James Darlington's Longsight Memories.

My name is James Darlington, I was born in Dennison House Private Nursing Home Victoria Park, on the 26th. July 1932. My home was at 39, Old Hall Lane, where I lived for 25 years, from where I married and moved to live in Sale for the next five years, then emigrating to Australia. Dennison House was close to Smallman's Caterers where my twenty-first birthday party was held, Frank Swift the Manchester City Football Club goalkeeper was then a director of Smallman's.

The first school I attended was Birchfields Infants where the headmaster was Mr Roberts, followed by Openshaw Junior Technical College on Grey Mare Lane, headmaster R J Fullard. A keen scouter I was a member of Roby Congregational troop under the leadership of "Scoutmaster" Mrs Horridge, who kept the troop going whilst her husband was on active service in the Navy.

Longsight during my youth was at war, and one of my jobs was to check the wooden erection standing at the corner of Beresford Road and Old Hall Lane that looked like a bird table. It was provided to show any evidence of some chemical change that would inform us of an impending Mustard Gas attack.

Birchfield Road School, Coronation year

I am aged five, second row with the fair hair and fringe fifth from right.

Today I can just about name all the children pictured.

The teacher was Miss Rowbottom.

Slade Hall was the home of our family doctor and where the consulting room of Dr. Charles Brown was located, a little further down was where Pastor J. Nelson Parr ministered at the Bethshan Tabernacle.

Until I acquired my first motorcycle like everyone else I walked or cycled, long summer evenings were made for long walks and I knew every inch of Longsight. Tuppence on the bus took me to Hands Reynolds to fish in the clay pits, I used to think I was well out into the countryside there. There were so many young fellows like myself who lived in the neighbourhood and I knew them all and their parents, we were one big happy family.

My Father owned and operated a successful road haulage business, J.Darlington and Son (Transport Limited), with premises in Harpurhey. He bought the Old Hall Lane house new about 1931 for three hundred pounds, our telephone number was RUS 3475.

More Longsight Memories.

Old Hall Lane Longsight where I grew up from the thirty's to the fifty's was as I remember it, a very pleasant place to live. Apart from a short spell as an evacuee first to Blackpool with the school and later in the Cheshire countryside, I resided there for almost twenty-five years. Characters I remember who patronised the area are still clear in my memory.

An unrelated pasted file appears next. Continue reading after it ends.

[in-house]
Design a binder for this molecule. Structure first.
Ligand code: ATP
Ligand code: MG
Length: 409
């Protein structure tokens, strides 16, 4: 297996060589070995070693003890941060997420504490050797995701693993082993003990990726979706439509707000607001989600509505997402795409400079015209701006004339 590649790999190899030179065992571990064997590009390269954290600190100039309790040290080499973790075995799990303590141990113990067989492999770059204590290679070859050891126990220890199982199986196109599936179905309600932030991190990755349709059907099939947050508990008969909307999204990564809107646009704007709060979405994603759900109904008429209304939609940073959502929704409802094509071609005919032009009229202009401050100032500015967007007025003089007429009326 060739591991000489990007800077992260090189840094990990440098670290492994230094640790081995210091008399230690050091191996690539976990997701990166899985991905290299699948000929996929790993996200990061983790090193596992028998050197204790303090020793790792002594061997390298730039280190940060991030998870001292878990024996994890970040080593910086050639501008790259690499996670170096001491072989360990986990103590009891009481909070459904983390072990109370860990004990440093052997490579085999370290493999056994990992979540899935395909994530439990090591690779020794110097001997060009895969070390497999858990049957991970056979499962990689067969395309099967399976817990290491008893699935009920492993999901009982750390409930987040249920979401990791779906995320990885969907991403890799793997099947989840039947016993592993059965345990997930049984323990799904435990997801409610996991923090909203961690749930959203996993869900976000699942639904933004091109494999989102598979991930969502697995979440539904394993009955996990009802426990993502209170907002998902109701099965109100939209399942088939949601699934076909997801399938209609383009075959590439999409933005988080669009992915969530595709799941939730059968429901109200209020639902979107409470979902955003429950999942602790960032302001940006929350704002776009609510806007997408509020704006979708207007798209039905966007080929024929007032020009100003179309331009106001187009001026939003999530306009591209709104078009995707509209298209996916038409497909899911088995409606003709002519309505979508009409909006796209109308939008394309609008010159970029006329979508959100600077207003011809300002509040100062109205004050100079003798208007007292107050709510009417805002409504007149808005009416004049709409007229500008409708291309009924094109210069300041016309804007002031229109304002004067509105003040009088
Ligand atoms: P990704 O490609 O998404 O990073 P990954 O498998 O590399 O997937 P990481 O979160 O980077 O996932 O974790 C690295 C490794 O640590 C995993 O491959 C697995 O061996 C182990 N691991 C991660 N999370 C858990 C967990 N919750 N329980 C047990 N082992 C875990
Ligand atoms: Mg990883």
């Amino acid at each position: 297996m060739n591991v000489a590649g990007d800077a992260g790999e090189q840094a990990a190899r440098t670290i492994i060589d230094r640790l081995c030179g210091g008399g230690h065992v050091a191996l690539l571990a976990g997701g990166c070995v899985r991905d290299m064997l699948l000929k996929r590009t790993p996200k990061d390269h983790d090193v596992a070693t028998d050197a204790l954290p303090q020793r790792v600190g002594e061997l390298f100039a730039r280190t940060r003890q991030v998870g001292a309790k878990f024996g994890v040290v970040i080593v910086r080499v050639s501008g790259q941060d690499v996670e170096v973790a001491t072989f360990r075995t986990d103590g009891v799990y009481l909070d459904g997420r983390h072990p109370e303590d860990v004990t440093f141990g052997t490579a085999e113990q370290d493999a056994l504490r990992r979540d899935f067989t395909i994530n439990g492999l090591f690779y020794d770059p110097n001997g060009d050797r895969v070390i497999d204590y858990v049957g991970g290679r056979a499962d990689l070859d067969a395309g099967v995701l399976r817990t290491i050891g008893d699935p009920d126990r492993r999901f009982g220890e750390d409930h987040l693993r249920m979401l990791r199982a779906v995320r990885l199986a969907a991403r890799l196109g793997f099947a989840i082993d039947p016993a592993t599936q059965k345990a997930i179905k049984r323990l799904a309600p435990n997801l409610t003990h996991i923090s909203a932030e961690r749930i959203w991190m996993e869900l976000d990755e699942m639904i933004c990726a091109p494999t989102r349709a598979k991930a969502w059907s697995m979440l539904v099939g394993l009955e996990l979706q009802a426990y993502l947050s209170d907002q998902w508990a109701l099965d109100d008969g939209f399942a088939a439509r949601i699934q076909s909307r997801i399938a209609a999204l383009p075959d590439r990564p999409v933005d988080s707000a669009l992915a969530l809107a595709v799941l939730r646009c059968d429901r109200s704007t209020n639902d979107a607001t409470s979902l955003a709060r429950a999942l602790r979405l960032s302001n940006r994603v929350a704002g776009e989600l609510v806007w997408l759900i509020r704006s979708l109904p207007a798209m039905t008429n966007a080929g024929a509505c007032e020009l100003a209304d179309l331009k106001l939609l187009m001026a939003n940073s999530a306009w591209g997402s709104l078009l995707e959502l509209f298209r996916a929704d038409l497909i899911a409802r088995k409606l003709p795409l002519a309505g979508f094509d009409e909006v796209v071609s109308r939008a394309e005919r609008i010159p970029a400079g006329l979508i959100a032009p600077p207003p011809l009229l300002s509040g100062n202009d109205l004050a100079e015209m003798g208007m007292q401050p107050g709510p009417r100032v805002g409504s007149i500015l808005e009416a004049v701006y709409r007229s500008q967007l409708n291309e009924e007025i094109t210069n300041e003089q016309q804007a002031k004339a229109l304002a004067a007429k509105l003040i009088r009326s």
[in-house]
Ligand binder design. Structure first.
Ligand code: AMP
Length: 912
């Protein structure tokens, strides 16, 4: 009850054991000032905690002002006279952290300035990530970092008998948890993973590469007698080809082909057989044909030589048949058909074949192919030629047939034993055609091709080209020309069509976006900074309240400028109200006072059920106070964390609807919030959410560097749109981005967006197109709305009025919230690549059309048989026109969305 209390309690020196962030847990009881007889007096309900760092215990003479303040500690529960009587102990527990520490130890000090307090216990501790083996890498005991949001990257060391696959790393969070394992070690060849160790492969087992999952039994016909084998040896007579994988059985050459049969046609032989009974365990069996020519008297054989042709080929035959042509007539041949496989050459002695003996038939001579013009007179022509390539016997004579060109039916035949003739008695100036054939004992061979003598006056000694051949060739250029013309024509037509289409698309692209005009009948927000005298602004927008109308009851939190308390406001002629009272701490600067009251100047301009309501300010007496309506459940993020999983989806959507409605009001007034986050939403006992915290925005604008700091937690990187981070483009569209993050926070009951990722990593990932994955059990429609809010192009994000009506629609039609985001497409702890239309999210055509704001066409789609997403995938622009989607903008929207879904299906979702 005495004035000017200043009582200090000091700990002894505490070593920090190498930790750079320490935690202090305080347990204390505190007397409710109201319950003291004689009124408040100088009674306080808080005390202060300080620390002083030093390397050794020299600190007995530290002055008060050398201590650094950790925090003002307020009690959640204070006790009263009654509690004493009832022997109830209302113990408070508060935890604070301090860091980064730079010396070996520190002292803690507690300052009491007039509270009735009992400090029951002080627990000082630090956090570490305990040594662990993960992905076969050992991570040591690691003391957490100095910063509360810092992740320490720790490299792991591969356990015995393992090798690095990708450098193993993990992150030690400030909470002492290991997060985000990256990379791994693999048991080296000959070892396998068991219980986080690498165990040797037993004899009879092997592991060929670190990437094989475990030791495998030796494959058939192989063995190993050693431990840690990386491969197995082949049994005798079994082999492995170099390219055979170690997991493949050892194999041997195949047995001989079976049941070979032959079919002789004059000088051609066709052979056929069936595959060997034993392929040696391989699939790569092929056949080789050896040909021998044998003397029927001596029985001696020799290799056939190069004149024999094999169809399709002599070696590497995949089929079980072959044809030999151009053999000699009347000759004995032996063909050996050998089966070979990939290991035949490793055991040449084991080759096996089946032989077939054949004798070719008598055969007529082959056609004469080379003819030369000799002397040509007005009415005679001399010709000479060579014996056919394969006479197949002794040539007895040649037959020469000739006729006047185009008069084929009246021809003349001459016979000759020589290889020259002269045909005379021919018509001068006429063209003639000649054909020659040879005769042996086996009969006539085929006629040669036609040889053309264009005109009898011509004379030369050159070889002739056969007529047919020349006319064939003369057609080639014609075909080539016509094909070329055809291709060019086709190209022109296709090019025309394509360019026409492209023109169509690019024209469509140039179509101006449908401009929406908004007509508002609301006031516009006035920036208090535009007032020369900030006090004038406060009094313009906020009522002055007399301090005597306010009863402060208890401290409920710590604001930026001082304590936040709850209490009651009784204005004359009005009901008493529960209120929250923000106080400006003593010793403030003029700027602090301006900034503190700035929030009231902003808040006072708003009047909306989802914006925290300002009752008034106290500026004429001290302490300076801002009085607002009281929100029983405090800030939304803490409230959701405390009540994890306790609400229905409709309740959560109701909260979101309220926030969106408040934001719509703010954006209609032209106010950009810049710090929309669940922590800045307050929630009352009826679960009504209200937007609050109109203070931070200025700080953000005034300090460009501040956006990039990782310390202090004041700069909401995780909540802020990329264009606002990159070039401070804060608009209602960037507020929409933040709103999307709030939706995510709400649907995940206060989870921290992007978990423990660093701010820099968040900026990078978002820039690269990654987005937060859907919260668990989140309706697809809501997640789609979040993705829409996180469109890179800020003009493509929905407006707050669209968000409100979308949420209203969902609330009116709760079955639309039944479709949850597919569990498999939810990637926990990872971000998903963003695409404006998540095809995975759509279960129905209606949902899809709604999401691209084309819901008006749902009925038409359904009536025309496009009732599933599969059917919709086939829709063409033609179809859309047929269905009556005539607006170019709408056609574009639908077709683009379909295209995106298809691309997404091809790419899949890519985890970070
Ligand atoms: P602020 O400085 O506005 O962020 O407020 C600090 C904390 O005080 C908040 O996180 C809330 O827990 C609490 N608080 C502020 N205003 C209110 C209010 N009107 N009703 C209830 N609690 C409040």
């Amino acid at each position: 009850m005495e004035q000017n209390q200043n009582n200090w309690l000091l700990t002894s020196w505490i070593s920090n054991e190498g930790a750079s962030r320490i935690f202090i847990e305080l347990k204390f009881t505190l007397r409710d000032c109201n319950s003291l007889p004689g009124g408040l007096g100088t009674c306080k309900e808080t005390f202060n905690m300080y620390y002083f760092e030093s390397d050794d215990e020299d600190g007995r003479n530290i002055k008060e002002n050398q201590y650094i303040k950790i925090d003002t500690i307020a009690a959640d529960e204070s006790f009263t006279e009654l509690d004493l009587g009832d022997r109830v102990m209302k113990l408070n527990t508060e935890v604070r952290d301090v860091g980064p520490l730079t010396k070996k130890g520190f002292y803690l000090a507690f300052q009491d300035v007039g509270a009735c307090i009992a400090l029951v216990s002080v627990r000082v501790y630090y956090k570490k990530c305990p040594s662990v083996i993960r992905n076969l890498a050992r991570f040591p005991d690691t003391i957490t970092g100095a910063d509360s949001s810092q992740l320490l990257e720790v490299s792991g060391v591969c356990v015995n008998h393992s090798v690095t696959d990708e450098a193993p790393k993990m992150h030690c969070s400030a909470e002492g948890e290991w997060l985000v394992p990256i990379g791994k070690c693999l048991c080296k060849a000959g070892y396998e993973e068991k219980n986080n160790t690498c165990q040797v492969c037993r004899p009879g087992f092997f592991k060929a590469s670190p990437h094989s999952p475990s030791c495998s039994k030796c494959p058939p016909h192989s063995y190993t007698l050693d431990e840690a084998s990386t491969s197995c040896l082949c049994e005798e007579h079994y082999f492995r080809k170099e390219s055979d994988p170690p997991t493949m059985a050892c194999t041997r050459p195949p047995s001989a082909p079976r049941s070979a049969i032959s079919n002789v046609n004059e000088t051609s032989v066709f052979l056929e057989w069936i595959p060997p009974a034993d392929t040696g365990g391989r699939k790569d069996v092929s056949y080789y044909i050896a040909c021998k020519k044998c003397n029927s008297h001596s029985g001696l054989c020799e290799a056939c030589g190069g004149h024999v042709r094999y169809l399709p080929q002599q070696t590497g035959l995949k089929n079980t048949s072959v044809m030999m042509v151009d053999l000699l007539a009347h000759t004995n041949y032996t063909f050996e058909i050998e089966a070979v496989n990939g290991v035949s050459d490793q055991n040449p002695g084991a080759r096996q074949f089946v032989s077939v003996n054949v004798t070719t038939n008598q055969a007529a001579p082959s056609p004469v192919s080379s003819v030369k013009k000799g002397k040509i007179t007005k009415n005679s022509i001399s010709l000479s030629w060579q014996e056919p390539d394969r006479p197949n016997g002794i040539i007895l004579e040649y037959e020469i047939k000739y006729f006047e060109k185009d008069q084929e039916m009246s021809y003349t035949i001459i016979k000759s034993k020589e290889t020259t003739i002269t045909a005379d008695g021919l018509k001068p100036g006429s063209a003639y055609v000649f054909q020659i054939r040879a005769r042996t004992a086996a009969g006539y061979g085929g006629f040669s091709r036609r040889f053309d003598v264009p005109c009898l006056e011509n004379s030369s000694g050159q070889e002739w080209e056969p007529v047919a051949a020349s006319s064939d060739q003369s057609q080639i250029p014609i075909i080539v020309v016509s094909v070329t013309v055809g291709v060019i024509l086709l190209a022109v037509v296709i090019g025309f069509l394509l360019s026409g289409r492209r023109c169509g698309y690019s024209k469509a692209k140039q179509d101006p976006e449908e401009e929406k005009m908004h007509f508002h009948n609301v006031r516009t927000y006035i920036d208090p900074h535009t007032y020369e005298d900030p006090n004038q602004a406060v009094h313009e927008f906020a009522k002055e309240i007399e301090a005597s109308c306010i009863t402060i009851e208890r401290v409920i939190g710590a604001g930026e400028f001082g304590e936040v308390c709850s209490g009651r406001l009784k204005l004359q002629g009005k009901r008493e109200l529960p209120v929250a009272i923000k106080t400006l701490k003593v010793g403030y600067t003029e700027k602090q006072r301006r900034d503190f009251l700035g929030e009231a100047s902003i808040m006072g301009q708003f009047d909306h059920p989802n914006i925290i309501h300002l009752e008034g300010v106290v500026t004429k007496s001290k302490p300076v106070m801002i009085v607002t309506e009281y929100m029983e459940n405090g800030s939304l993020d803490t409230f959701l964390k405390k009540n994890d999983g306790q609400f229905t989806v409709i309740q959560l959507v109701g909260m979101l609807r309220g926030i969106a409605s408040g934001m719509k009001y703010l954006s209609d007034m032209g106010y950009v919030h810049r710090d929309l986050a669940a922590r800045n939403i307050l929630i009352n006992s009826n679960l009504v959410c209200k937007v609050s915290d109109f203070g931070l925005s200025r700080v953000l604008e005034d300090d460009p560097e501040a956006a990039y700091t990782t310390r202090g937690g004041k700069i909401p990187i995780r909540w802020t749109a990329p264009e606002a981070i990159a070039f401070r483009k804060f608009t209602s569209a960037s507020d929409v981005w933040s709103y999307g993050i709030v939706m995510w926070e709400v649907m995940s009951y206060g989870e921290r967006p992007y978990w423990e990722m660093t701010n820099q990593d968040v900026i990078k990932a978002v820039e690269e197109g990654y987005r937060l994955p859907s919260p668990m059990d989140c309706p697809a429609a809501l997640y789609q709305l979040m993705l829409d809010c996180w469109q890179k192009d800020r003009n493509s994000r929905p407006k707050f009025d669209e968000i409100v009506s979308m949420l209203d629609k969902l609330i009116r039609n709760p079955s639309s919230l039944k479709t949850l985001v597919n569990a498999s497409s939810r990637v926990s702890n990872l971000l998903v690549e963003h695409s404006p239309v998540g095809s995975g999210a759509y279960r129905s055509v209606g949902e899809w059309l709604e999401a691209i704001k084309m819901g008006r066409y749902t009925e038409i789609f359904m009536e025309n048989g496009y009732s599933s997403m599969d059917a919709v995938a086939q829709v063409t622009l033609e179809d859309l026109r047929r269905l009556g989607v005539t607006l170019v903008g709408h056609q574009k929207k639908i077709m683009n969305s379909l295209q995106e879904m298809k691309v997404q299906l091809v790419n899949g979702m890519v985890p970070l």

As a young boy the Rag and Bone man who had a small pony and an old two-wheeled cart intrigued me. He exchanged donkey-browning stone or coal briquettes for an assortment of discarded household wares, but why did he have the white cloth tied about the front of his face reminiscent of a doctor in an operating theatre. No answer was forthcoming to my repeated questions until I was older, when I learned that the effects of venereal disease had ravaged his face.

Mr Harcourt was a different matter, a retired schoolteacher he had acquired a commercial type box tricycle, which he pedalled about the neighbourhood selling sweets, mostly in the shape of small dinners.

We all had our favourites; mine was pie, chips and peas, followed by a fruit selection, which included bananas, always a special treat. Mr. Harcourt was a military style looking gentleman with a handlebar moustache, very straight posture, he cycled around looking more like a sergeant major than a retired geography teacher, a quiet man, well respected by all the children.

There were many trades' deliverymen who called in those days, the milkman, the coalman, and the grocery boy. The window cleaner, who always insisted that his bucket be filled with warm water. The insurance man who rode an old motorbike and wore his cap turned back to front. The house always seemed to have people calling, most of whom became friends, but especially when the neighbours gathered to celebrate an occasion such as November the fifth, Guy Fawks night.

Behind the back gardens of Old Hall Lane houses, was a collection of allotments, areas used to cultivate produce and where we would build a large bonfire. Along with the traditional fireworks, we enjoyed eating Parkin, a spicy kind of ginger cake, and eating sticky Treacle Toffee home made by the neighbourhood families.